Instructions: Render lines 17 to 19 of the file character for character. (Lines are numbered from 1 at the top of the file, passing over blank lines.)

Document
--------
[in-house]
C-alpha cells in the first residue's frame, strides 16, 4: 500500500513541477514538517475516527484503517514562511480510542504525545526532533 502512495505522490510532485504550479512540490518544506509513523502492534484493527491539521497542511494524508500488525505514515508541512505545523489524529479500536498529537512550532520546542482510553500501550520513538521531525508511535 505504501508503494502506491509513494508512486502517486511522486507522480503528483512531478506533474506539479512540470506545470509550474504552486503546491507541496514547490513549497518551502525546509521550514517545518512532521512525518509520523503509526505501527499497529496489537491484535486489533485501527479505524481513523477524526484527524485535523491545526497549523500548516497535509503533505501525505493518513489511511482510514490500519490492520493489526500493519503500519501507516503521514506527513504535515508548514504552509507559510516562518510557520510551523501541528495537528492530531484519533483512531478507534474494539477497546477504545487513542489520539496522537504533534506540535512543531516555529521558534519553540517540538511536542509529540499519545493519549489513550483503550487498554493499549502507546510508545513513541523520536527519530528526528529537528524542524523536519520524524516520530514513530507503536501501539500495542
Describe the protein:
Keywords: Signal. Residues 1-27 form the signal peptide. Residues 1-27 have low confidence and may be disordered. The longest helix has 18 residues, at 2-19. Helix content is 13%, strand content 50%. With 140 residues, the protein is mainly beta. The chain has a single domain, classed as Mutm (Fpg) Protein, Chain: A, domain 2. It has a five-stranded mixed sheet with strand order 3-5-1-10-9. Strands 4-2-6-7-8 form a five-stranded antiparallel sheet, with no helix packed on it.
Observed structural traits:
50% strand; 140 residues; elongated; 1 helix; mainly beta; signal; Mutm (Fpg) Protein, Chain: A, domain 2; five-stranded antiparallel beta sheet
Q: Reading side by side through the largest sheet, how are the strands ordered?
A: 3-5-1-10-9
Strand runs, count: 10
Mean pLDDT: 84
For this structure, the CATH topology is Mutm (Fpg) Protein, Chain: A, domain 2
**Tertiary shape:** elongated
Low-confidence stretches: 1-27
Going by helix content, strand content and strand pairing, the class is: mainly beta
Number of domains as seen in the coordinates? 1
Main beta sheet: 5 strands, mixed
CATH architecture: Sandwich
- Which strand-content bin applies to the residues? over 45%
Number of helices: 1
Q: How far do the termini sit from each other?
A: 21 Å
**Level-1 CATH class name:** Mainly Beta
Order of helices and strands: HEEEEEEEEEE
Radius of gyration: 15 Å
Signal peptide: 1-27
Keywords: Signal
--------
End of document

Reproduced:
CATH architecture: Sandwich
- Which strand-content bin applies to the residues? over 45%
Number of helices: 1